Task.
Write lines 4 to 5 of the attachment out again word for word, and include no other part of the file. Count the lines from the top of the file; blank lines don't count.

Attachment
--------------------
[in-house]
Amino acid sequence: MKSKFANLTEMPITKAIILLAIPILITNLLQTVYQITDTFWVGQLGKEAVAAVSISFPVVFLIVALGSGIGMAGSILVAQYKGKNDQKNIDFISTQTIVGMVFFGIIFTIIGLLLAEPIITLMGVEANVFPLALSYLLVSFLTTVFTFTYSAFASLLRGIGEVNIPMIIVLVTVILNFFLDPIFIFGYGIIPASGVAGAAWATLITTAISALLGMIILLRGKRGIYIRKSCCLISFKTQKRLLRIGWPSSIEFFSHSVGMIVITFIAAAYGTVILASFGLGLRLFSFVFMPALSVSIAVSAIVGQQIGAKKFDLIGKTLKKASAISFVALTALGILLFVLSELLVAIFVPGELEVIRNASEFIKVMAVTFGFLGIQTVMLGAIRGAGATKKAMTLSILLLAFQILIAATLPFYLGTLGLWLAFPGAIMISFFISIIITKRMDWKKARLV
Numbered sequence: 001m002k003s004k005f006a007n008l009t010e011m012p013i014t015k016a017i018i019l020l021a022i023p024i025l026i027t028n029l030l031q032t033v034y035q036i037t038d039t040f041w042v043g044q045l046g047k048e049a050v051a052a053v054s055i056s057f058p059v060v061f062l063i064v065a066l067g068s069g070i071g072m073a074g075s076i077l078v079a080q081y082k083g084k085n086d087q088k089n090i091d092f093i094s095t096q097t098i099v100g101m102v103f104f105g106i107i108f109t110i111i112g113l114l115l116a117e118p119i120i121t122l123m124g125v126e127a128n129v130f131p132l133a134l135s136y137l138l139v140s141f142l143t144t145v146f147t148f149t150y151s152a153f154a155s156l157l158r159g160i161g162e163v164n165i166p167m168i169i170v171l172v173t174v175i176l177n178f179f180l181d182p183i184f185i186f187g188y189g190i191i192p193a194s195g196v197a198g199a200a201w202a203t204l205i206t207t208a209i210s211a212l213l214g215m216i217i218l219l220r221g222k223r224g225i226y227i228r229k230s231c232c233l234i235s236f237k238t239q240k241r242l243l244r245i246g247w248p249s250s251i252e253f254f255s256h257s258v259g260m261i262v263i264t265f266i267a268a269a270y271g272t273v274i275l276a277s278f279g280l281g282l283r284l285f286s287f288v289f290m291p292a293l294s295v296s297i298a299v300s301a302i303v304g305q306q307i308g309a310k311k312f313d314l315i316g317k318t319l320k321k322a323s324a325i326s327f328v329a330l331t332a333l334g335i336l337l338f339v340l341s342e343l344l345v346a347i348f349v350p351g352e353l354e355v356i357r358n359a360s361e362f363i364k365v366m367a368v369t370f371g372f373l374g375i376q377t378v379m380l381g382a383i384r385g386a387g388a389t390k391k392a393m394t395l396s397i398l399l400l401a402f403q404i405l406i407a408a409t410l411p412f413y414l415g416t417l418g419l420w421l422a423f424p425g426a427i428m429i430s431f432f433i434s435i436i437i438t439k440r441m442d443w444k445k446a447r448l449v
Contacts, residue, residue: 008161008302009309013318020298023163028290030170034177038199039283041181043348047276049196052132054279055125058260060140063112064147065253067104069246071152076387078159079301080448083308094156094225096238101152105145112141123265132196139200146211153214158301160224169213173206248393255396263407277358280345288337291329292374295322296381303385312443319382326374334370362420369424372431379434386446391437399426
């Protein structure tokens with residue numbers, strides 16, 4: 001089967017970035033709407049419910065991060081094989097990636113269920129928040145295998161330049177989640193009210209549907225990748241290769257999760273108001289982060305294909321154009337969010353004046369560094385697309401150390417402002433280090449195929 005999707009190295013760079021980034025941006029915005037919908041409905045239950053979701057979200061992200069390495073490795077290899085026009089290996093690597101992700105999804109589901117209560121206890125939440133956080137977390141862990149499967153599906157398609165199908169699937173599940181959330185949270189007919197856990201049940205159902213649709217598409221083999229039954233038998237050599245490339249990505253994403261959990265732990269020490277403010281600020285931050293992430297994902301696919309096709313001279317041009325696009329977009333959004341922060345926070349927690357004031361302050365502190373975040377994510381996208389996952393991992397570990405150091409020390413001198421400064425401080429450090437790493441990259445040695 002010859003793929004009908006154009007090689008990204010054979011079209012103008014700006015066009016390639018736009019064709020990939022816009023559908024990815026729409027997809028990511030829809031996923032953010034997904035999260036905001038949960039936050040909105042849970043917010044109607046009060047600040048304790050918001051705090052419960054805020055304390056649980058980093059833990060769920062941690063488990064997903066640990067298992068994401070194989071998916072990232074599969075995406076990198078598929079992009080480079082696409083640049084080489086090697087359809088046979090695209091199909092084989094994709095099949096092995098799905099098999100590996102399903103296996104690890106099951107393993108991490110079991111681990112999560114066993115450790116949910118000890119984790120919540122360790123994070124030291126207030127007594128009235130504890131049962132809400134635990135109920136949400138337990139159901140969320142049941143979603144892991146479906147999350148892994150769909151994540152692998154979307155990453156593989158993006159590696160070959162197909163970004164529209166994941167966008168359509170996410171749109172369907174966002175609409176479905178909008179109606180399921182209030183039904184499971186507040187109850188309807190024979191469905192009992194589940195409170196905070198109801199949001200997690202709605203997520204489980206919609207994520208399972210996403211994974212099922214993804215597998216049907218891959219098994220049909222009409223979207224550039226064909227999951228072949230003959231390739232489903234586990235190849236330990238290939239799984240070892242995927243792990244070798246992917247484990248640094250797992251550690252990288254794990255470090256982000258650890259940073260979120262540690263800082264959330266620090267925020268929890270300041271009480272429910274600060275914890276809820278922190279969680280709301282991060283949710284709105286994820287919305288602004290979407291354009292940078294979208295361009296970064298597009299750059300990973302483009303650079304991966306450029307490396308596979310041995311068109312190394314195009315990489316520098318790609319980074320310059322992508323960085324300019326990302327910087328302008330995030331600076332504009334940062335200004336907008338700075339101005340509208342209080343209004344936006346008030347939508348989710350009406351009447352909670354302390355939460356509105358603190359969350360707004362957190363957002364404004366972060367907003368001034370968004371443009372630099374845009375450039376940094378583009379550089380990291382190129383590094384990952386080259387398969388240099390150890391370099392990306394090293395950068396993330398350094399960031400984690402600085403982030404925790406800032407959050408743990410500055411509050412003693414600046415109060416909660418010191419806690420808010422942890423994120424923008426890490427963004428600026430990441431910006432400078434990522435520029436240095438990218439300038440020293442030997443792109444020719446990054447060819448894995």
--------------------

Contacts, residue, residue: 008161008302009309013318020298023163028290030170034177038199039283041181043348047276049196052132054279055125058260060140063112064147065253067104069246071152076387078159079301080448083308094156094225096238101152105145112141123265132196139200146211153214158301160224169213173206248393255396263407277358280345288337291329292374295322296381303385312443319382326374334370362420369424372431379434386446391437399426
């Protein structure tokens with residue numbers, strides 16, 4: 001089967017970035033709407049419910065991060081094989097990636113269920129928040145295998161330049177989640193009210209549907225990748241290769257999760273108001289982060305294909321154009337969010353004046369560094385697309401150390417402002433280090449195929 005999707009190295013760079021980034025941006029915005037919908041409905045239950053979701057979200061992200069390495073490795077290899085026009089290996093690597101992700105999804109589901117209560121206890125939440133956080137977390141862990149499967153599906157398609165199908169699937173599940181959330185949270189007919197856990201049940205159902213649709217598409221083999229039954233038998237050599245490339249990505253994403261959990265732990269020490277403010281600020285931050293992430297994902301696919309096709313001279317041009325696009329977009333959004341922060345926070349927690357004031361302050365502190373975040377994510381996208389996952393991992397570990405150091409020390413001198421400064425401080429450090437790493441990259445040695 002010859003793929004009908006154009007090689008990204010054979011079209012103008014700006015066009016390639018736009019064709020990939022816009023559908024990815026729409027997809028990511030829809031996923032953010034997904035999260036905001038949960039936050040909105042849970043917010044109607046009060047600040048304790050918001051705090052419960054805020055304390056649980058980093059833990060769920062941690063488990064997903066640990067298992068994401070194989071998916072990232074599969075995406076990198078598929079992009080480079082696409083640049084080489086090697087359809088046979090695209091199909092084989094994709095099949096092995098799905099098999100590996102399903103296996104690890106099951107393993108991490110079991111681990112999560114066993115450790116949910118000890119984790120919540122360790123994070124030291126207030127007594128009235130504890131049962132809400134635990135109920136949400138337990139159901140969320142049941143979603144892991146479906147999350148892994150769909151994540152692998154979307155990453156593989158993006159590696160070959162197909163970004164529209166994941167966008168359509170996410171749109172369907174966002175609409176479905178909008179109606180399921182209030183039904184499971186507040187109850188309807190024979191469905192009992194589940195409170196905070198109801199949001200997690202709605203997520204489980206919609207994520208399972210996403211994974212099922214993804215597998216049907218891959219098994220049909222009409223979207224550039226064909227999951228072949230003959231390739232489903234586990235190849236330990238290939239799984240070892242995927243792990244070798246992917247484990248640094250797992251550690252990288254794990255470090256982000258650890259940073260979120262540690263800082264959330266620090267925020268929890270300041271009480272429910274600060275914890276809820278922190279969680280709301282991060283949710284709105286994820287919305288602004290979407291354009292940078294979208295361009296970064298597009299750059300990973302483009303650079304991966306450029307490396308596979310041995311068109312190394314195009315990489316520098318790609319980074320310059322992508323960085324300019326990302327910087328302008330995030331600076332504009334940062335200004336907008338700075339101005340509208342209080343209004344936006346008030347939508348989710350009406351009447352909670354302390355939460356509105358603190359969350360707004362957190363957002364404004366972060367907003368001034370968004371443009372630099374845009375450039376940094378583009379550089380990291382190129383590094384990952386080259387398969388240099390150890391370099392990306394090293395950068396993330398350094399960031400984690402600085403982030404925790406800032407959050408743990410500055411509050412003693414600046415109060416909660418010191419806690420808010422942890423994120424923008426890490427963004428600026430990441431910006432400078434990522435520029436240095438990218439300038440020293442030997443792109444020719446990054447060819448894995």